Just about every emulsion from the major film companies is available in 120 film. Most are available in 220 as well. The difference between 120 and 220 film is that 220 is twice as long and therefore holds twice as many images as 120. The spool sizes are the same. What differs is that 120 film has a paper backing that runs the full length of the film. 220 film only has a paper leader. Thus more film can be wound in the same space with 220.
The reason for the paper backing on 120 film is historical. Roll film cameras used to have a small transparent ruby window on the back that allowed you to see the frame number so that you could wind the film to the next frame. Modern cameras don't have this anymore, but the film still does. Even the frame numbers are still there on the paper backing.
Some cameras (like the Mamiya 7 and Pentax 67) can take either 120 or 220 film. All that's necessary is to move the pressure plate to a new position. The frame counter will count the correct number of frames. The reason for changing the pressure plate is because 220 film is thinner than 120 film due to the lack of paper backing.
Other cameras — those with interchangeable backs like the Hasselblad or the Rollei 6008, require that you use different backs for either 120 or 220 film. This is a nuisance and expensive. You basically decide which film type you prefer and then have to stick with it.
While 35mm film is essentially a fixed size format (24X36mm — the Hasselblad XPan and other panoramic cameras being exceptions), roll film can be used for a number of different frame widths and thus formats. Since the film is fixed at 6cm in width what varies is the length. The most common formats are — 645, 6X6, 6X7. Lets look at each.
645 is 6cm X 4.5cm. This is a rectangle that is very close in proportion to the 8X10" print format and will enlarge to this format with very little cropping needed. The most popular cameras in this size are the Mamiya 645, the Pentax 645, Bronica 645 and the Contax 645. These cameras are the most like 35mm cameras in size and handling. Most now offer autofocus and extensive automation. They are the smallest SLRs that use roll film.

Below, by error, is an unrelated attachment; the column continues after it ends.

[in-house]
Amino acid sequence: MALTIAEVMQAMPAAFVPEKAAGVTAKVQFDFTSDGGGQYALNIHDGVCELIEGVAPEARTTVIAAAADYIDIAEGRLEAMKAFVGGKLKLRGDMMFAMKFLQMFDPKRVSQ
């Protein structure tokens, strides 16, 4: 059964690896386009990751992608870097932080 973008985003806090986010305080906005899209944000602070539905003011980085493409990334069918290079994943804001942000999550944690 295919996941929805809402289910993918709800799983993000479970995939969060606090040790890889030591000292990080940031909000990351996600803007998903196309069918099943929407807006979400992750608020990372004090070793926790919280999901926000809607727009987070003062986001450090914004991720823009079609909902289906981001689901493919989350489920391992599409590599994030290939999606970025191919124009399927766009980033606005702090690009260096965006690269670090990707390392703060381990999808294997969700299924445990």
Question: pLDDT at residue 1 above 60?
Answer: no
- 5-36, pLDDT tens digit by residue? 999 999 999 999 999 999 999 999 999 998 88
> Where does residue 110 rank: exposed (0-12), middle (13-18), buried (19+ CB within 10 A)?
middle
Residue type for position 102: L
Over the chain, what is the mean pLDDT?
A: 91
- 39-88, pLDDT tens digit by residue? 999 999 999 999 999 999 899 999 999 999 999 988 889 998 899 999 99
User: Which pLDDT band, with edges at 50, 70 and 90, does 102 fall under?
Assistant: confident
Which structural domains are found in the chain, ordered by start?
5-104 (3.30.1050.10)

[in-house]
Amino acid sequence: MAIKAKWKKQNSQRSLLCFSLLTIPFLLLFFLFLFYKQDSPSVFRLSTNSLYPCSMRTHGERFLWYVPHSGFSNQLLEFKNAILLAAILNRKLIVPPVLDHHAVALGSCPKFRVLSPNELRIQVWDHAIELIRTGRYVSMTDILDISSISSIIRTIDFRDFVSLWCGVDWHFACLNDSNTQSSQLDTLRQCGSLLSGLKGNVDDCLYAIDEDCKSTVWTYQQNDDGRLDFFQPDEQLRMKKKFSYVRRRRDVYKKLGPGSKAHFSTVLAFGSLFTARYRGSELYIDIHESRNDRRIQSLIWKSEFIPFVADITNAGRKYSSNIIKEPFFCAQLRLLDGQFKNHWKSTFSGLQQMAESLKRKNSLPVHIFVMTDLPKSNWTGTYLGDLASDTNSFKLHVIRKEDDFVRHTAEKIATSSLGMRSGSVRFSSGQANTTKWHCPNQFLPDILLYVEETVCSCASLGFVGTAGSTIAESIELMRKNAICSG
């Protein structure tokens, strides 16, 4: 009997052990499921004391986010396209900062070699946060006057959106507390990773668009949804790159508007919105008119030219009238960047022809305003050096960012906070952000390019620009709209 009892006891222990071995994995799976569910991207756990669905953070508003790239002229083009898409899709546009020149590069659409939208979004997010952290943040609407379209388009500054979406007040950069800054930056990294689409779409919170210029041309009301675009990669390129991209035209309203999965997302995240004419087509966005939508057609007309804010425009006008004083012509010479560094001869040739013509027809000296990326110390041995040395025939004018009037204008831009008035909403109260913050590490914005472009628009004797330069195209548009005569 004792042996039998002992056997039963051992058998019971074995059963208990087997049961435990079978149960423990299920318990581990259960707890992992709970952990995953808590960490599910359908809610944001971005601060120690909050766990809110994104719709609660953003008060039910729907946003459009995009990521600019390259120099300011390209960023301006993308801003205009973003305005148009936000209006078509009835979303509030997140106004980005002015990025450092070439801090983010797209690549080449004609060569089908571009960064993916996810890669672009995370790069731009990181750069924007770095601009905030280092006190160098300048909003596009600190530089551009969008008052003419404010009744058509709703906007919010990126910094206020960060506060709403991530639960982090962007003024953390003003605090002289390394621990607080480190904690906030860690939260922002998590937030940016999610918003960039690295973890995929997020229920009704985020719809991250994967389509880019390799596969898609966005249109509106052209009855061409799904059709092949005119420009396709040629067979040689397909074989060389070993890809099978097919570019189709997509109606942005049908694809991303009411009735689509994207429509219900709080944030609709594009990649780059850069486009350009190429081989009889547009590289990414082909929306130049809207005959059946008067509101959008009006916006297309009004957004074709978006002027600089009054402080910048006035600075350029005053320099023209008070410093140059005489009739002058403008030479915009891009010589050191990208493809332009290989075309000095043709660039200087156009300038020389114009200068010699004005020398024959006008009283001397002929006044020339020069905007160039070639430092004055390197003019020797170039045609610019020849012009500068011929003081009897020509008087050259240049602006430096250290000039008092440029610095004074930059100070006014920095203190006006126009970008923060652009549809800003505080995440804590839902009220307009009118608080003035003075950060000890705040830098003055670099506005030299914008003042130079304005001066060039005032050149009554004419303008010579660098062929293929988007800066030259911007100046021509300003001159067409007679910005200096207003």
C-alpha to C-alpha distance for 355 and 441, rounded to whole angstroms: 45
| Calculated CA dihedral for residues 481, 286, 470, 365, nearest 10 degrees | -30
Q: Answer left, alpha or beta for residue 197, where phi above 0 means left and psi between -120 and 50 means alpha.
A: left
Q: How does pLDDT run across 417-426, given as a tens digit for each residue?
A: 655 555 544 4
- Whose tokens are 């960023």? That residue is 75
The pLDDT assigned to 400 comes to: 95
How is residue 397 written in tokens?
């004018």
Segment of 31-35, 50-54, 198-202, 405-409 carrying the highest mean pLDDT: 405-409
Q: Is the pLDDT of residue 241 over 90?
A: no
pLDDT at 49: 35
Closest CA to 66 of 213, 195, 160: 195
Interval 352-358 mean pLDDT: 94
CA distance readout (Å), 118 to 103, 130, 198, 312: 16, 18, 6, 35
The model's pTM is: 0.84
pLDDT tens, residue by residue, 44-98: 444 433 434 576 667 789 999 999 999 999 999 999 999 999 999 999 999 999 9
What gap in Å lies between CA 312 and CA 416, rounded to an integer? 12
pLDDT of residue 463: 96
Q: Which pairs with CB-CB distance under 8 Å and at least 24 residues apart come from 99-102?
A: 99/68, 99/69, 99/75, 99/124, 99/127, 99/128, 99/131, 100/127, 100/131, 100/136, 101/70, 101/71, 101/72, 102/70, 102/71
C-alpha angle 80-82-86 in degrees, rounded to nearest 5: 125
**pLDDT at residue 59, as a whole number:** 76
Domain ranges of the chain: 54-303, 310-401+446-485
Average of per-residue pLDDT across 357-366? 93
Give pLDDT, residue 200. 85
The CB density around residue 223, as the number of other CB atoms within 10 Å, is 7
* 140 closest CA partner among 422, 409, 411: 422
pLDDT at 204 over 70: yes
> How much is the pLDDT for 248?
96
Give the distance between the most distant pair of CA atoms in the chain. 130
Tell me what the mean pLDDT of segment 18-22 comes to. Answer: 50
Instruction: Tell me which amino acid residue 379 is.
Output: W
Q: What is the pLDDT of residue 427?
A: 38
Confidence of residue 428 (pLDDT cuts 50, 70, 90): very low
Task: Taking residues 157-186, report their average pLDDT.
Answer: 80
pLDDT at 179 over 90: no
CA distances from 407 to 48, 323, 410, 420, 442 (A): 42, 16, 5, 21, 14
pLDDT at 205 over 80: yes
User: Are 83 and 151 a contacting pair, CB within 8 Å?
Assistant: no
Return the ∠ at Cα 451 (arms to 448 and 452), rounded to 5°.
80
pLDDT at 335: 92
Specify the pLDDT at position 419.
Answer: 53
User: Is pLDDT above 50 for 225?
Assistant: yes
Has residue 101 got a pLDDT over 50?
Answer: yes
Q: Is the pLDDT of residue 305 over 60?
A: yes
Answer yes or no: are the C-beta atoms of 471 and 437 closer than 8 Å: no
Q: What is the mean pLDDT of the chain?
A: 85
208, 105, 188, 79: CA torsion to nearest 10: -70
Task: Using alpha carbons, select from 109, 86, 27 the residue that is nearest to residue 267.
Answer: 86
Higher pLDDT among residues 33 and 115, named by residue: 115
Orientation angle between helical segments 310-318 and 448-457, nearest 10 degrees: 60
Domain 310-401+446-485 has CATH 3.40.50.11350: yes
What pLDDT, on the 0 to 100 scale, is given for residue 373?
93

I feel that the slightly greater bulk of a 6X6 camera is usually a worthwhile compromise because it obviates the need to rotate the camera between horizontal and vertical framings. Also, some models (particularly folding cameras), frame vertically when held normally. If you're a portrait photographer or shoot a lot of weddings this may not be an issue. But for someone that shoots landscape and nature it can be annoying. Check the camera that you're interested in to see if this is the case. 645 cameras get 15 or 16 frames to a roll of 120 film.
6X6 is the most popular roll film format. Why is this? Part of the reason is that this square contains both a vertical and a horizontal composition on the same frame. A 6X6 image is composed of a vertical 6X4.5 and a horizontal 6X4.5. No need to rotate the camera. No need to rotate the film back. Just take one shot and get both compositions. Some people, myself included, also find a square image very appropriate for some subjects. One gets 12 frames to a roll of 120.
The various Hasselblad and Rollei 6008 models are the most popular SLR cameras using this format. In North America Hasselblad is the market leader. In some countries of Europe and Asia, Rollei is. Bronica is a smaller though long-time player as well.
Photographed with a Hasselblad ArcBody and 35mm Rodenstock lens on Provia 100F.
6X7 is very popular for several reasons. Like 645 the format it enlarges to an 8X10" print with little cropping. Though only slightly larger than 6X6. There are four popular cameras offering this format; the Mamiya 7II, the Pentax 67II and the Mamiya RB & RZ67. The Bronica GS1 is also a contender.
The Mamiya is a rangefinder camera; very much like an M Leica on steroids. The Pentax in turn is like an overgrown 35mm SLR. Both of these are excellent field cameras. Neither has interchangeable film backs. The Mamiya RB and RZ67 models are similar to the Hasselblad in configuration, have interchangeable finders, viewfinders and backs. Because the film format is rectangular the RB and RZ backs rotate, providing vertical and horizontal framing, eliminating the need to rotate the camera. One gets 10 frames to a roll of 120 with this format, and either 20 or 21 frames on 220 film, depending on the camera.